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Palm's Loss Narrows

The handheld maker's loss was lower than expected. Its revenue made guidance but was light of estimates.

Updated from 4:28 p.m. EDT

Handheld device and software maker

Palm

(PALM)

delivered on its own sales guidance, but fell short of Wall Street's forecasts for the first quarter of fiscal year 2004. The company delivered better-than-expected bottom-line improvement but investors, unimpressed, bid down shares after the bell.

The stock fell 98 cents or 4.3% to $21.59 after the bell, reversing some of the gains from a powerful Thursday trading session, when it surged nearly 8%.

Palm reported August quarter sales of $177.4 million, 3% above last year's levels. Though the revenue level falls within the company's guidance for $175 million to $185 million, it was below analyst expectations for $184.1 million.

Software division PalmSource, which will be spun off in the quarter now underway, contributed $17.1 million of total revenue, reflecting growth of 14% from last year's levels. Management said 52% of the unit's revenue came from software licenses sold to customers other than Palm hardware.

Palm's overall net loss totaled $21.7 million or 74 cents a share, according to generally accepted accounting principles. The loss reflects restructuring charges of $2.7 million, amortization of intangible assets of $0.3 million and separation costs for the impending spinoff of Palm's software division of $1.9 million.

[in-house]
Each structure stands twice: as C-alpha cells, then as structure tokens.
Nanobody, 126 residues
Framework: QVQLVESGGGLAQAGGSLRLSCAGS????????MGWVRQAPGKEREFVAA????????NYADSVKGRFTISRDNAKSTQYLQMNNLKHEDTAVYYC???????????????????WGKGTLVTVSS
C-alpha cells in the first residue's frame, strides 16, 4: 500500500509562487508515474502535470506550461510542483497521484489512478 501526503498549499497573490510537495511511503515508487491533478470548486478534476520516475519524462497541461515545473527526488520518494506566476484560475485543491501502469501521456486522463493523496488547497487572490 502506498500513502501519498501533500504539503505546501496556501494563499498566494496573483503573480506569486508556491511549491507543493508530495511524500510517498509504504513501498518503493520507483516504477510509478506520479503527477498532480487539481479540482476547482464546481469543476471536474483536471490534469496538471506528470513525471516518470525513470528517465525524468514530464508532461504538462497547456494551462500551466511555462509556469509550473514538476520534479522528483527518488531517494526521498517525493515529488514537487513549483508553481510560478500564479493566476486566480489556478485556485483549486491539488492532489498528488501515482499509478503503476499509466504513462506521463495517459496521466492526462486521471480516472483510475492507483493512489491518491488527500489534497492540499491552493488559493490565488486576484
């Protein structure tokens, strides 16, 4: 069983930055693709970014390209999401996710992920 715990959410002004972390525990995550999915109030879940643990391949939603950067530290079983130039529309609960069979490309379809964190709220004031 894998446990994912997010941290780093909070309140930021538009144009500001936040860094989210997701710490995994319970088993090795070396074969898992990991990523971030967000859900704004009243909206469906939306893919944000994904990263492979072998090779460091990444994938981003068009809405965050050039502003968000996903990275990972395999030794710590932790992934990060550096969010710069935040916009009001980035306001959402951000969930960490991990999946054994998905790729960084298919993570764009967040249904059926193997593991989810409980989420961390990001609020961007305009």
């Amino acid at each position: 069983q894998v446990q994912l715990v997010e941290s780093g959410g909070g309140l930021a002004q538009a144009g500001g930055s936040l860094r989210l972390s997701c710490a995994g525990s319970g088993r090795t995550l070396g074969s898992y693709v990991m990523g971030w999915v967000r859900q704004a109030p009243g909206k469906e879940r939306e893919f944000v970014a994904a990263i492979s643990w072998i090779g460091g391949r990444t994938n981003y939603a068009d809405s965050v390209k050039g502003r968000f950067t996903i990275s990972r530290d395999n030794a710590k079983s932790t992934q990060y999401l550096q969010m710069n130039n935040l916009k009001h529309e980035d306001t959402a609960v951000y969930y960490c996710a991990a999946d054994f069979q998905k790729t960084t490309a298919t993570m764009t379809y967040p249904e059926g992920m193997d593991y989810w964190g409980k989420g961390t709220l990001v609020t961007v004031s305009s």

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A year ago, Palm reported a GAAP net loss of $258.7 million, or $8.93 a share.

Excluding special charges in the August quarter, Palm posted a pro forma loss of 58 cents a share. That's better than the consensus estimate for a loss of 83 cents a share and marks an improvement from the same quarter last year, when Palm posted a pro forma loss of $1.26 a share.

Profit levels rose from a year ago, with gross margin rising to 34.7% from 30.7%.

The company said blended average selling prices rose 38% from last year's levels, from $167 to $231, reflecting a higher-end mix of products including the Tungsten2 and Zire 71. Those two products, plus the Tungsten C and $99 Zire, were the company's four top volume sellers.

Management said unit demand for Palm's handhelds appeared to be down from last summer, with worldwide unit sellthrough off by 9%. On the call, one Palm exec acknowledged the back-to-school season was "relatively weak for us." But some of the weakness may have been specific to Palm rather than the industry, given that the company didn't launch any major products in the period and thus may have seen some share loss. Separately, an executive commented on the call that there may have been "some shift towards competitive products in the summer, based on production cycles." Palm plans to debut several new products in the fall.

Palm officers guided to November-quarter sales of between $245 million and $265 million for the hardware division. Wall Street expectations are tilted towards the top of that range, at $262 million.

The company added that its software arm, which will be spun off sometime this quarter, will issue guidance separately at a later date; the revenue effect from Handspring isn't yet clear because it's not known when the acquisition will close.

Palm said it expects a small pro forma operating profit in the second quarter. Analysts are gearing for a profit of 5 cents a share.

On a GAAP basis, the bottom line should be between breakeven and a net loss of $5 million.